At this point, I needed a break from the tedium. I figured since I was just about done with the fuselage (sometimes I crack myself up, I’m so funny), I’d turn my efforts to the next tasks which will be the engine nacelles, the outer wings, and the varied details that need to be added and upgraded. The first step is to see how bad the fit of parts will be.
Well, the fit isn’t exactly the best, and adding a couple of decades of sitting around in a box, migrating between shelves, has caused just about every part IN that box to warp, which is what is keeping the two surfaces at the top of the next photo from meeting:
In addition to having warpage to deal with, well, there’s also the “fit” that’s been an ongoing feature of this kit, too:
The nacelles attach to the main wings. So that they would align later when it’s time to attach them, I used the main wings as my gluing jig (MANY other things aren’t going to fit, but at least where these parts attach to the model will):
While I was gluing the upper outer wings to the bottoms, I got a little bit too enthusiastic with a clamp. The curved line in the photo below is where the glue had softened the plastic sufficiently for the clamp’s pressure to flatten out the curve that’s supposed to be there:
I was far too thorough gluing these parts together. As I was trying to separate them, it became obvious that the amount of damage I’d do to this section would be significant. Having a second kit, though, provided me with the parts I needed to redo this section properly:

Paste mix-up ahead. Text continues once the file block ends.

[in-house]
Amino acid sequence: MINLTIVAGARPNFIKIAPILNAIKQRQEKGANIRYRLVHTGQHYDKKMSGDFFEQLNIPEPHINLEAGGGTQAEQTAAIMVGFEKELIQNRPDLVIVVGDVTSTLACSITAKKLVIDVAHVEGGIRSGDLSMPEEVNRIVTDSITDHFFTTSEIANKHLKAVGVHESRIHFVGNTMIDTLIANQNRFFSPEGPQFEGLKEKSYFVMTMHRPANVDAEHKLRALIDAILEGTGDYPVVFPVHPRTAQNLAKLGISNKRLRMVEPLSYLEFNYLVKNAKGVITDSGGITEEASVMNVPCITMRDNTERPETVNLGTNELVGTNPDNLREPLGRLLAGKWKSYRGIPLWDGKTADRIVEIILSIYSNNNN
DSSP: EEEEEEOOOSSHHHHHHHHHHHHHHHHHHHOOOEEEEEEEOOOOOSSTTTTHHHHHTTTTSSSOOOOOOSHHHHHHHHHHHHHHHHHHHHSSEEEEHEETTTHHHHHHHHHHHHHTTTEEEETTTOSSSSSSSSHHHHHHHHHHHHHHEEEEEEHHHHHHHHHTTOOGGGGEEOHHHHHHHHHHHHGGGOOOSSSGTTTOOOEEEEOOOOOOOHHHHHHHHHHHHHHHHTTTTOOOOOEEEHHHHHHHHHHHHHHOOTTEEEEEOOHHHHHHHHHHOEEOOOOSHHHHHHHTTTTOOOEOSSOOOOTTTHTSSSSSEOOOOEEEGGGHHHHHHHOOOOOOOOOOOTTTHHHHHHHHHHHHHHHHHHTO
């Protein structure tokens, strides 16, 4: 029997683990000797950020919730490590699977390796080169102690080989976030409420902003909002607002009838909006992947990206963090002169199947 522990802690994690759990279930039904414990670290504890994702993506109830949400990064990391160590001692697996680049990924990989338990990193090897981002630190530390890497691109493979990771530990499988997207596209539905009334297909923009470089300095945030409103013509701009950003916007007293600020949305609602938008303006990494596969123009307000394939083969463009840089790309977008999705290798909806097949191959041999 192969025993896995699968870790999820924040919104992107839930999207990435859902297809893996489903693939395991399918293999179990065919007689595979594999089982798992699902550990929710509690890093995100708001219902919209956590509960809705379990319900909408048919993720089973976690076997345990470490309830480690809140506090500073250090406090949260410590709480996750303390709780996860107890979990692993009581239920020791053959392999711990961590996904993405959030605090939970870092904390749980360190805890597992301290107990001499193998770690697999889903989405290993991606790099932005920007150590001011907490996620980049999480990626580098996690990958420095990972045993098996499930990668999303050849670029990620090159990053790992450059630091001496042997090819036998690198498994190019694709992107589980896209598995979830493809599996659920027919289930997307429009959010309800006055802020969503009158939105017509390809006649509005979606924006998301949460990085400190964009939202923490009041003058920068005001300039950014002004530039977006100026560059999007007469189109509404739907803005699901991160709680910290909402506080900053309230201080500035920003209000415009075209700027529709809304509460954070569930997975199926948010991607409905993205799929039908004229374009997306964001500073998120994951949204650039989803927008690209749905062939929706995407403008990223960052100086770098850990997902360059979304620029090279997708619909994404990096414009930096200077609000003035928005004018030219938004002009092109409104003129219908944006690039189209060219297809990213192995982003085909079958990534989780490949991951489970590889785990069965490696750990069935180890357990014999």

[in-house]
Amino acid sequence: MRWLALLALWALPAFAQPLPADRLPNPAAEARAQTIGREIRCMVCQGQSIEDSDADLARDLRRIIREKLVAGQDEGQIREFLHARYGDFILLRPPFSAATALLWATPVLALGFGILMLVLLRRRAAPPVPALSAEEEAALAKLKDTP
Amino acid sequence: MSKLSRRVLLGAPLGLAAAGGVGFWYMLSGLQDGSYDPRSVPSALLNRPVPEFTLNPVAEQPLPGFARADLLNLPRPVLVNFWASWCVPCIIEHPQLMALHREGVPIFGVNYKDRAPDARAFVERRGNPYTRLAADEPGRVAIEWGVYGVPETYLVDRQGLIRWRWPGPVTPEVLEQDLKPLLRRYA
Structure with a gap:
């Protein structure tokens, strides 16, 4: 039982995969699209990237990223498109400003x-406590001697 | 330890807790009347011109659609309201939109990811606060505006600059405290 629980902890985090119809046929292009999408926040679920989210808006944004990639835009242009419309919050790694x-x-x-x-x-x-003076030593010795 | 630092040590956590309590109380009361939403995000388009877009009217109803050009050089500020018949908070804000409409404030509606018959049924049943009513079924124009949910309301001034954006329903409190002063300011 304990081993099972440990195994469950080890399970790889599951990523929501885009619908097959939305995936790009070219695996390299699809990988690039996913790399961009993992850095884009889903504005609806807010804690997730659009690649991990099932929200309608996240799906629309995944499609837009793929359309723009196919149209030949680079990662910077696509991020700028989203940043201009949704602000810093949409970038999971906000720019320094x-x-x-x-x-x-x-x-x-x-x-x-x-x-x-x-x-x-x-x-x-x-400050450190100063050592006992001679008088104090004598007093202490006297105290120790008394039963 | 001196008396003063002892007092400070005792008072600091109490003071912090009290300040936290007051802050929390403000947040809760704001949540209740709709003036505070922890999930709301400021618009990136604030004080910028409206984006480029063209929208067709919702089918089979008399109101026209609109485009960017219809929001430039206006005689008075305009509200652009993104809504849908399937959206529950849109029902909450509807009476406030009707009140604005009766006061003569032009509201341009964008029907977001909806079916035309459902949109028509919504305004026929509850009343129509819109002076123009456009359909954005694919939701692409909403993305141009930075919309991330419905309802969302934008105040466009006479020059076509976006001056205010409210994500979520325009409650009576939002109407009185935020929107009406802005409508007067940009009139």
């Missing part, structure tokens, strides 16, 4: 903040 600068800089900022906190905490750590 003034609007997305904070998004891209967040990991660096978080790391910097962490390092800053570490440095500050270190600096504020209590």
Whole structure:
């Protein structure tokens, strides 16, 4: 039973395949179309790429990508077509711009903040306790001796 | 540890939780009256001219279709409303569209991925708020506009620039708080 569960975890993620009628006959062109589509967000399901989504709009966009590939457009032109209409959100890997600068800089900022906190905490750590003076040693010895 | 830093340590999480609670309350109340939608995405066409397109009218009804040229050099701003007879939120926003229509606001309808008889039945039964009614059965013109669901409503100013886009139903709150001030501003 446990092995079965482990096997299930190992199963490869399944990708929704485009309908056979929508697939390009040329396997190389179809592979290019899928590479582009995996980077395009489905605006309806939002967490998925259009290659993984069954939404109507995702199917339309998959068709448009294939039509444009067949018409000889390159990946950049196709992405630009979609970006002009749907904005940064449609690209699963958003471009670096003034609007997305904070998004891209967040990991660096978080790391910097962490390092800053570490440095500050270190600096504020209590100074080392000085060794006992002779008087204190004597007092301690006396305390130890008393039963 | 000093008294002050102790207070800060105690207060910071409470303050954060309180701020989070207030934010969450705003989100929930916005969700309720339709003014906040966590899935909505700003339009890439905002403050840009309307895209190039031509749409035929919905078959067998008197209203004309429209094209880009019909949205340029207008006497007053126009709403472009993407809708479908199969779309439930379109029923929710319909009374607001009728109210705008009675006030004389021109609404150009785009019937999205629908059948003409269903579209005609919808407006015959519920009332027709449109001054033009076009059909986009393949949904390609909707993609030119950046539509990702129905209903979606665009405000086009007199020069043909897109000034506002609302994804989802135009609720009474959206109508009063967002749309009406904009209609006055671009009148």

Even Dick Bong, Chuck Yeager, Erich Hartmann, Glenn Cunningham, Robin Olds, and Gordo Cooper wore parachutes…
With that oh-god-damn-it moment passed and dealt with, I decided to work a few PE parts and I started with the nosewheel landing gear bay doors. That started by cutting the parts away from the frets and folding them:
With both sides folded, alignment is checked (I love these flat-jawed clamps):
Satisfied, soldering flux is applied, and then the solder is cut (the lines of the cutting pad are in millimeters):
Then the parts are realigned, clamped, and thin slices of solder laid along where I want the parts joined:
A quick pass with the butane torch liquifies the flux, melts the solder (which follows the flux), and it’s attached (and yes…I had to file off a small bit of solder that wandered):
A couple of more VERY tiny parts are added and the doors are done:
While I was on a tear, I decided I’d do the “turkey feathers,” the movable vanes at the engine outlets, of the afterburners next.
Well, once again “confidence” rose and bit the body part I use to sit on. “Confidence” can sometimes diminish the caution and care that must be taken. While I was trying (unsuccessfully) to solder the exterior afterburner vanes into a truncated cone, I smelled burning plastic.
Unless intended, which this was not, burning plastic is never a good thing. I followed the line of the torch, since that was the only heat source around, and discovered this: